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Signs of stormy policy battles ahead

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WASHINGTON -- With the tax cut victory behind him, President George W. Bush may face rough sailing for the rest of his agenda because of shifting political winds on Capitol Hill.

The defection of Vermont's Jim Jeffords from the Republican Party puts Democrats at the helm of the Senate.

But Senate Majority Leader Trent Lott, R-Mississippi, who is poised to lose his post said he believes the administration is right to stay its course. White House officials say that course includes education reform, defense buildup, free trade and a national energy policy.

"He campaigned on a series of issues that are important. And he has an obligation to follow through on the commitments he made," said White House Chief of Staff Andrew Card. "But it is not a partisan agenda, it's not a political agenda, it is an agenda that is responsible and right for America."

Senate Democrats see it differently.

"The fact is that the president has governed from the right and has been very partisan," said Sen. Joseph Lieberman, D-Connecticut.

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Power shift in U.S. Congress causes political uncertainty for president's priorities. CNN's Major Garrett reports (May 27)

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The man expected to become the next majority leader has a different set of priorities.

"We've got a lot of good battles we think we may be able to win: education, patients bill of rights, minimum wage, prescription drug benefits," said Sen. Tom Daschle, D-South Dakota.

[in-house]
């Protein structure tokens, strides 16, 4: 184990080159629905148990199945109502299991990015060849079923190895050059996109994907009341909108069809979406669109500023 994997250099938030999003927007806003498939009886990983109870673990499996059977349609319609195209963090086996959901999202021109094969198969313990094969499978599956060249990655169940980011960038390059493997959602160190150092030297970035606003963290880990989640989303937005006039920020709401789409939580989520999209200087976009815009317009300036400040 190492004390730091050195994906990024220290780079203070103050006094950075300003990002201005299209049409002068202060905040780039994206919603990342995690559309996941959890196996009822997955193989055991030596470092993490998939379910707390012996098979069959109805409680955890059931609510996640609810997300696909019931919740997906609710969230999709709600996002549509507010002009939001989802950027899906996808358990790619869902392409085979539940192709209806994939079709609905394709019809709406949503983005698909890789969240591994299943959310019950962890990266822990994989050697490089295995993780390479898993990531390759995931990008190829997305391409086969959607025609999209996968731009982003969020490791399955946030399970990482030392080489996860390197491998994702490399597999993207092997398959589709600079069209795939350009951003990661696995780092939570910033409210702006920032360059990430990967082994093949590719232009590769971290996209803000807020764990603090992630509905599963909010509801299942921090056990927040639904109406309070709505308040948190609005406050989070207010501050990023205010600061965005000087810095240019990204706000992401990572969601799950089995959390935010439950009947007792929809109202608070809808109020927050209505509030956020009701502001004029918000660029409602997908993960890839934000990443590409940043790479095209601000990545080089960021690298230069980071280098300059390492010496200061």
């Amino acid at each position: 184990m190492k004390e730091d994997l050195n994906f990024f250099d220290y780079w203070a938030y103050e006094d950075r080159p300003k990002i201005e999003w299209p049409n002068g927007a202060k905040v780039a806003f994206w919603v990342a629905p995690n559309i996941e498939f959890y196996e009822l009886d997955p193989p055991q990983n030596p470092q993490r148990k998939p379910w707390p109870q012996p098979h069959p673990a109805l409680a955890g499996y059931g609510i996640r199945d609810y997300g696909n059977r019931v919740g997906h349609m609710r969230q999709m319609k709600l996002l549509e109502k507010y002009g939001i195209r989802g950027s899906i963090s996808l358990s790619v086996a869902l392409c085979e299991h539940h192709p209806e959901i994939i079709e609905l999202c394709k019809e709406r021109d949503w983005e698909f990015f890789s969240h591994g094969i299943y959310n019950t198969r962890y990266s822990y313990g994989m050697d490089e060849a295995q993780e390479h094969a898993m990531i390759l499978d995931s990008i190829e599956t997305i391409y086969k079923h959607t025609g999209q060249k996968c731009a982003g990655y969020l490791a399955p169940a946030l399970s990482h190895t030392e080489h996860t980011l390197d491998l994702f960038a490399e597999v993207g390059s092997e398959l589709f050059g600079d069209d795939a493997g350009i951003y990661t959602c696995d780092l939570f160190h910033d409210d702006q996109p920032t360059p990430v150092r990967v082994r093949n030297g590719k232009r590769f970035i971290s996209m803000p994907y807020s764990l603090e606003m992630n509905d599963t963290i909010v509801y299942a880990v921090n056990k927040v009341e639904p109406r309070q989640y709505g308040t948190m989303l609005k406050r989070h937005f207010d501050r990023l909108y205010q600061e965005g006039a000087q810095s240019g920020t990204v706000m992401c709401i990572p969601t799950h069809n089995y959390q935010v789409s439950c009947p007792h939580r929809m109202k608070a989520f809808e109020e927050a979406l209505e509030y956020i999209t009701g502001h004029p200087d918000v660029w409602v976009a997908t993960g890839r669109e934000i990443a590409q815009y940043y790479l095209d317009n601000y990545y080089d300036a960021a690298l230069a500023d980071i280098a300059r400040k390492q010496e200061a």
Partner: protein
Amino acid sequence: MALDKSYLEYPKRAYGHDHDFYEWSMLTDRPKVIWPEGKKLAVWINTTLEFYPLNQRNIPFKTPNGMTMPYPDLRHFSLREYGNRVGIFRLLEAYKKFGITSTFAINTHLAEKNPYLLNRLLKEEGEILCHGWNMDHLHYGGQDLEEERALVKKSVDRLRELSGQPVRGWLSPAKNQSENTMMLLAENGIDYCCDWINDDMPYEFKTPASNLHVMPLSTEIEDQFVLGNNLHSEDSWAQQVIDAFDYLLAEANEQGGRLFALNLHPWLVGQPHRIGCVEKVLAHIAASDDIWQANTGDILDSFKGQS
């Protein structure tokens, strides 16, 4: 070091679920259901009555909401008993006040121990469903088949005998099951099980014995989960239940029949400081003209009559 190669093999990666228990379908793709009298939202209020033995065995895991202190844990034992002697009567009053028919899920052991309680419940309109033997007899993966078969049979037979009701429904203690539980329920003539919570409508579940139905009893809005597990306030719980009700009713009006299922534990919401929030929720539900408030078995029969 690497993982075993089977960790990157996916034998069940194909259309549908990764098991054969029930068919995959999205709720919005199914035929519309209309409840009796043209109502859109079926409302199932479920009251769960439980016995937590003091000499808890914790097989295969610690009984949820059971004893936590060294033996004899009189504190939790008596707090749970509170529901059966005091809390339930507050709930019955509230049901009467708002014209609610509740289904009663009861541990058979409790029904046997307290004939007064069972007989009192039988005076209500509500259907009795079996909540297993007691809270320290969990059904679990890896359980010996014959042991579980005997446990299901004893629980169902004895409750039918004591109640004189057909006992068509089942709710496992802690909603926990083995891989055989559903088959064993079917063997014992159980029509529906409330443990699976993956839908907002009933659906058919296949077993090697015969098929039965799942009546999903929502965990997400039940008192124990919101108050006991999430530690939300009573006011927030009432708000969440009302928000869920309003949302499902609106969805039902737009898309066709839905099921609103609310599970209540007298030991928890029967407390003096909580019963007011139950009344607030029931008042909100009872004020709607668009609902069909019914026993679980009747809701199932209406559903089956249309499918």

The only issue on both parties' lists is education. The president should have a bipartisan bill next month. But top White House advisers say Democrats such as Sen. Ted Kennedy of Massachusetts, the soon-to-be chairman of the education committee, could drive the price tag higher.

Republicans are gloomy about other White House priorities. Sen. Don Nickles of Oklahoma admits "It's going to be a little more difficult now."

In an interview on NBC's "Meet The Press," Daschle said the Bush administration's plan to open the Arctic National Wildlife Refuge to oil exploration is dead. He also said that if the tax cut package passed Saturday triggers deficits, "we may want to look at ways at which to look at the tax cut in the future."

"This is great short-term politics. It is disastrous long-term policy," Daschle said of the tax cut. "This is an exploding time bomb. This is going to be $4-to-$5 trillion when it is fully implemented."

The Jeffords defection also raises questions about other potential party defections.

Democratic leadership sources confirm talks with Arizona's John McCain and Rhode Island's Lincoln Chafee about leaving the GOP. Also targeted is Maine's Susan Collins and Olympia Snowe. Right now, it's just talk, but it's talk that makes Republicans nervous.

The vice chairwoman of Lott's Senate leadership team, Sen. Kay Bailey Hutchison of Texas, said GOP leaders are listening and responding to the criticism they have heard in the wake of Jeffords' departure.

"I think we have to say, 'Look, maybe we're not listening enough. Maybe we haven't brought everyone in to make them feel a part of our team and our effort.' We're going to do that," she said on CNN's "Late Edition with Wolf Blitzer."

"We're going to try to use this lemon to make lemonade," Hutchison added.

Although it's a long shot, Republicans will try to woo Democrats Zell Miller of Georgia, Ben Nelson of Nebraska and Max Baucus of Montana to their party.

"Some people say, 'Oh my goodness, the Senate majority may change,'" said Lott on ABC's "This Week." "Yeah, well it may change once or twice or more in the next year."

Amid the turmoil, the president will try to seal deals with Democrats on education, defense spending and energy policy. Senior aides say the first two are within reach and energy will be the first big test of Washington's new power structure.

Bush heads Monday to energy-strapped California and will meet later with Gov. Gray Davis. The Bush administration has opposed price caps on power sales to California.

White House Correspondent Major Garrett contributed to this report.







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